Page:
Red Kite’s Mr. Copper backs new metals fund as partners exit
After Red Kite co-founder David Lilley left London’s best-known metals hedge fund last year, there’s been mounting speculation that business partner Michael Farmer might call time on a career that’s spanned six decades.
Instead, Farmer, 74, is putting capital into a new hedge fund run by one of Red Kite’s senior traders.
Red Kite launched the fund, called RK Trinity, last week. It’ll be run by George Daniel, a senior trader who helped oversee Red Kite’s Tamarisk fund until it was wound down last year, when manager Tim Jones retired. Jason Kay, who worked with Daniel at Bank of America Merrill Lynch, has joined as a senior trader for the fund.
Daniel and Farmer used a “small amount” of their own capital to seed the fund, which will mainly pursue short-term trades in base and precious metal futures, as well as spreads and options, Daniel said in an interview. As it grows, they’ll look for external investors.
As a member of the U.K.’s House of Lords and a devout Christian, Farmer spends much of his time pursuing political and personal causes, but he’s still in the office regularly and follows the markets, Daniel said.
“He’s still incredibly passionate about it,” Daniel said at Red Kite’s offices, where bronze statues of a bull and bear face off against each other in the foyer, a nod to the firm’s success in riding metal markets since 2005. “These days, his enjoyment seems to come from seeing someone else doing well in the market.”
In its heyday during the commodities supercycle of the early 2000s, Red Kite managed about $3.5 billion and was responsible for supplying about 15% of the copper China was consuming. It’s since scaled back the bold, all-in style of trading that delivered big returns. The hedge fund also suffered heavy losses in other years, most notably in a controversial skirmish against Barclays Plc in the copper market around the start of the decade.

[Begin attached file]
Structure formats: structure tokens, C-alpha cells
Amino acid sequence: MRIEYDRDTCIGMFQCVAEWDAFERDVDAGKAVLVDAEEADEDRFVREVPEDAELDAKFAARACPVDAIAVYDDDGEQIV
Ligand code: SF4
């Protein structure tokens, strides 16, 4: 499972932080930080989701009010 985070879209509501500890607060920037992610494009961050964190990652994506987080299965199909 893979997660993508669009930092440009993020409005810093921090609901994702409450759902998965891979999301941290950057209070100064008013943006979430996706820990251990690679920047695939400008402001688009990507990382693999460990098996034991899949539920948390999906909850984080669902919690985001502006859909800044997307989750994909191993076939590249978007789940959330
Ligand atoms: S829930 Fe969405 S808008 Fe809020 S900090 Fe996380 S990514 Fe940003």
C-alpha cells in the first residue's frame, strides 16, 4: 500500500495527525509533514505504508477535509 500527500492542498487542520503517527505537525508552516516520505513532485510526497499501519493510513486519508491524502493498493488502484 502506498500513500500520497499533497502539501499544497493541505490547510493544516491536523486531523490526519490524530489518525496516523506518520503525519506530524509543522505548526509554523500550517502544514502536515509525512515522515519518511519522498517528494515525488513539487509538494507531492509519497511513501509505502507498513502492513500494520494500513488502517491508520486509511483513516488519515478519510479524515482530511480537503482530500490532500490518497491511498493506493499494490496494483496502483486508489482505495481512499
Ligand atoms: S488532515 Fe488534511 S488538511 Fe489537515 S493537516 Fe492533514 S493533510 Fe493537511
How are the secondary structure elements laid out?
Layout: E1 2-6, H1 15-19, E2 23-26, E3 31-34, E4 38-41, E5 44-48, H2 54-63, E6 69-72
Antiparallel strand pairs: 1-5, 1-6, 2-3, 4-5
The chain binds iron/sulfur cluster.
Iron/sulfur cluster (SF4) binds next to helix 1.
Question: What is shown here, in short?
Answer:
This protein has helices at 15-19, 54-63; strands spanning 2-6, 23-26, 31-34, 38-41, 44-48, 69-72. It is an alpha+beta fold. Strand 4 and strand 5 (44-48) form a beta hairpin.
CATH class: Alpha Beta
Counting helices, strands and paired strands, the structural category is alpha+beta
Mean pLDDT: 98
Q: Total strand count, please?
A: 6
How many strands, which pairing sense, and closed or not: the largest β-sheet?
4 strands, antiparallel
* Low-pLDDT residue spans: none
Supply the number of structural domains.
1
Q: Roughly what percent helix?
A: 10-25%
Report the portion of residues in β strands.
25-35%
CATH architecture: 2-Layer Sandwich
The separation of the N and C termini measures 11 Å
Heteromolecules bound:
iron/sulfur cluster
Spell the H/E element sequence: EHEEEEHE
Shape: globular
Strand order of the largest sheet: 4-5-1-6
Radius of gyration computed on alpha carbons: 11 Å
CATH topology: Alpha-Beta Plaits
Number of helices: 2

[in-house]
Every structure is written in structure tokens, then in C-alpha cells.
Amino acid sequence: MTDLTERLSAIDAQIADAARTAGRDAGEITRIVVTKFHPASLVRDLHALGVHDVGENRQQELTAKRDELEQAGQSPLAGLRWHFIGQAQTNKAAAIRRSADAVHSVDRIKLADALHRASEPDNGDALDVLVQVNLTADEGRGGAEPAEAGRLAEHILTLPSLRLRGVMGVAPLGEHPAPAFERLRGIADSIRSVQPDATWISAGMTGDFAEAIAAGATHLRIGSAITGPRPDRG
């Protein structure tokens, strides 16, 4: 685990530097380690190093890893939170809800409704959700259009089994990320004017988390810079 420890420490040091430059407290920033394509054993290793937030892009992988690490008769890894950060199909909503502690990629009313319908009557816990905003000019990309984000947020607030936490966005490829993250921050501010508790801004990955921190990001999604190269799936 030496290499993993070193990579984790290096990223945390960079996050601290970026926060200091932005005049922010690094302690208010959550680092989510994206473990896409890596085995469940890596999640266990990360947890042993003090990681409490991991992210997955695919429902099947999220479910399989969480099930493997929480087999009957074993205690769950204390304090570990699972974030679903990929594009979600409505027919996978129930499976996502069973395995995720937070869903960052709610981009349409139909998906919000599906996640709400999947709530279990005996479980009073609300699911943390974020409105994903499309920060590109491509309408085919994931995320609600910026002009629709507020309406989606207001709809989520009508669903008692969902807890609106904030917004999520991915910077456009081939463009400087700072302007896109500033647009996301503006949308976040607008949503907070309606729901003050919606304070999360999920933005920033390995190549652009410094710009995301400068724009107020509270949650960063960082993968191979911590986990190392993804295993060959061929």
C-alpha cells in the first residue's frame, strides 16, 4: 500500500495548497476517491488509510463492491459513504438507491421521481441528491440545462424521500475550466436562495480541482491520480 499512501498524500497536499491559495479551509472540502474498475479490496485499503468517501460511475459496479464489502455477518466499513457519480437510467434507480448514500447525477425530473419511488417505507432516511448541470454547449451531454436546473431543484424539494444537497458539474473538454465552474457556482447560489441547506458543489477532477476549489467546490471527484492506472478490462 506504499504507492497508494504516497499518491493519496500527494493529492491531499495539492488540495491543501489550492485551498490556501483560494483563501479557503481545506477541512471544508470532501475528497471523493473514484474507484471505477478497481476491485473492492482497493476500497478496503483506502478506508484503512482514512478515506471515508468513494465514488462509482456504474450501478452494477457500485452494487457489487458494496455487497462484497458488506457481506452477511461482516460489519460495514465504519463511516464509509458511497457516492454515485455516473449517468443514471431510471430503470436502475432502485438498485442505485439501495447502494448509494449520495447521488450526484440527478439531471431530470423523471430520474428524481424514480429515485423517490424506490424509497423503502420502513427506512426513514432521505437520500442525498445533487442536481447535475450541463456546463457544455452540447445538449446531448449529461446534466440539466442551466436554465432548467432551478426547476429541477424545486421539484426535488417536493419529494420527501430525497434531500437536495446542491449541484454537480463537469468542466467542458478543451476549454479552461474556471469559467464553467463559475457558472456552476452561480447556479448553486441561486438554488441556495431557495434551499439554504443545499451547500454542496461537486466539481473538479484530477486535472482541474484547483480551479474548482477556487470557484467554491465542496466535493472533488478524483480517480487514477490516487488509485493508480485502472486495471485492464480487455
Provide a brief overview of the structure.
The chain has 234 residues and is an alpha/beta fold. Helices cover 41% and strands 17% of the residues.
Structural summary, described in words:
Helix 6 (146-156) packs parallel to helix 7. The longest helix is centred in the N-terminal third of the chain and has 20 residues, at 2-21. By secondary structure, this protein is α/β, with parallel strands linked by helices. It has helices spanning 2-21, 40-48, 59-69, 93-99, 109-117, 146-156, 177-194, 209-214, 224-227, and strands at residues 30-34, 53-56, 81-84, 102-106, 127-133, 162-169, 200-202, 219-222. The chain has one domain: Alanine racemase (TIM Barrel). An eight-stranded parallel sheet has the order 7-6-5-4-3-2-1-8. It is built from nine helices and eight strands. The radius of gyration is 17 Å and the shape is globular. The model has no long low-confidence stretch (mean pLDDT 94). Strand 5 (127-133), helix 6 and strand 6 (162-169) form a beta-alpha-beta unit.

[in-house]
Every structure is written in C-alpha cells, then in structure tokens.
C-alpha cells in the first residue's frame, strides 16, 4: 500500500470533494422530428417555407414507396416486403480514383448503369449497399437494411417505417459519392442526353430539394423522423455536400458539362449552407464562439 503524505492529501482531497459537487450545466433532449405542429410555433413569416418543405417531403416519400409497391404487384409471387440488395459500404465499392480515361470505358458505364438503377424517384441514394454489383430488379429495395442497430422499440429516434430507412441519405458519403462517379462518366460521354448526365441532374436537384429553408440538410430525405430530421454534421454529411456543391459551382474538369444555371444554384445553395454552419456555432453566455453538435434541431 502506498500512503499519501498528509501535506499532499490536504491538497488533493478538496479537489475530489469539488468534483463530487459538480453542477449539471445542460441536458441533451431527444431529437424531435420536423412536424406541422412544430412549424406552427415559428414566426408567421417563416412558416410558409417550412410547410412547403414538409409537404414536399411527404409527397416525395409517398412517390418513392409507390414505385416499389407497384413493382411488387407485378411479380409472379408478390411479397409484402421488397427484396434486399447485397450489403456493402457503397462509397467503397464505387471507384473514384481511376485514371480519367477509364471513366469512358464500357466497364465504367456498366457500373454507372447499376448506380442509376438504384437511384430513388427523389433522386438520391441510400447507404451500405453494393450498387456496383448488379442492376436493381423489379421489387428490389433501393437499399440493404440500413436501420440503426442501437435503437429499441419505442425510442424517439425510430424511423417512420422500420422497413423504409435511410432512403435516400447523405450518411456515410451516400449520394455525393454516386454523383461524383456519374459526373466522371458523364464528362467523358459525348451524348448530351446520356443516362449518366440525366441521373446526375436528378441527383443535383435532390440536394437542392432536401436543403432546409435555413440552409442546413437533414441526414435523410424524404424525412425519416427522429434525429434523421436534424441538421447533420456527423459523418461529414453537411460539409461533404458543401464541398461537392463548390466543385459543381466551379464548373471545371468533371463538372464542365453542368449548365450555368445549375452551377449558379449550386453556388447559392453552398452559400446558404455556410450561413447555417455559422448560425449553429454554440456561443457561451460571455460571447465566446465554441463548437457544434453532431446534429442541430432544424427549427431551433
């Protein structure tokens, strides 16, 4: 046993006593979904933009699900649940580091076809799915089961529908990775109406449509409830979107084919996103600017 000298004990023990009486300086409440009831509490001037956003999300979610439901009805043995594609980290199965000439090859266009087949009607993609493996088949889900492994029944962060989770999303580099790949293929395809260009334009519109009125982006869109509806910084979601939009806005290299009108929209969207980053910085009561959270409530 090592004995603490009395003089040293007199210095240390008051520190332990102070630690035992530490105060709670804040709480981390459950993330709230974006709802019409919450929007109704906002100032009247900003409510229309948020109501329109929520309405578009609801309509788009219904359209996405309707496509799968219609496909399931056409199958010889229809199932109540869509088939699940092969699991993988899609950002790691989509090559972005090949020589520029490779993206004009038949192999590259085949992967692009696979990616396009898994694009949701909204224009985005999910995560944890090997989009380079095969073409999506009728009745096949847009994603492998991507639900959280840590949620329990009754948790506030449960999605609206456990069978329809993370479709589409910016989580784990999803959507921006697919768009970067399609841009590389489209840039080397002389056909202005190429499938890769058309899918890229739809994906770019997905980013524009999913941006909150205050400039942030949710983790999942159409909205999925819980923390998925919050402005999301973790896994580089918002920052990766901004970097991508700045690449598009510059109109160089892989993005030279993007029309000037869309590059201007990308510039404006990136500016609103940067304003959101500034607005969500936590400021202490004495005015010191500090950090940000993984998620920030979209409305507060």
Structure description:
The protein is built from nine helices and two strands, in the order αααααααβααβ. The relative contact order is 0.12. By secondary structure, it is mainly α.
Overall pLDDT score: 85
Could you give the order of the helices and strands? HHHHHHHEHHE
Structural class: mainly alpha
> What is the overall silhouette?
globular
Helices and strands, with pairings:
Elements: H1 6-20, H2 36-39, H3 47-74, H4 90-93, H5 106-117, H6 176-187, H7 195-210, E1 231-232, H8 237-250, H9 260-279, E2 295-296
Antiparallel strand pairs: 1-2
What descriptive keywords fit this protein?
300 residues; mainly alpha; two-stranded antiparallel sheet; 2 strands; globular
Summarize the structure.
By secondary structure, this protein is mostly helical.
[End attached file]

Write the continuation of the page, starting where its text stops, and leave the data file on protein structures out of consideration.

In April, the fund accepted a confidential settlement over claims traders at Barclays engaged in abusive trading and manipulated copper prices on the London Metal Exchange.
The end of the lawsuit fueled speculation in the industry that Farmer — known in the industry as Mr. Copper — might decide it was a good time to step back from trading. Over the past few years, Red Kite has reduced its physical trading as market volatility declined and larger rivals like Glencore Plc and Trafigura Group Ltd. strengthened their grip over global flows of copper and other metals.
Lilley, who founded Red Kite with Oskar Lewnowski and Farmer in 2005, left the company last year for his own hedge fund firm, Drakewood Capital Management.
Other funds within the group have endured, including an arbitrage fund that Red Kite manages with China’s Maike Metals International and a mine-finance business that’s invested more than $1.6 billion since its inception in 2008.
Despite investor withdrawals, Tamarisk maintained a good track record with short-term trades that were easy to enter and exit, Daniel said. He’ll pursue a similar strategy at Trinity, with an additional focus on spreads and options.
Daniel is aware of the growing dominance of algorithmic traders in metal markets and runs his own models to judge when the automated strategies might shift direction. While Farmer has warned these funds are a threat in metal markets, Daniel said he’s not fighting their influence too aggressively.
“We’re not trying to be a target,” he said. “That’s been the cause of the demise of many funds in the past. The market has changed and they didn’t change with it.”
(By Mark Burton)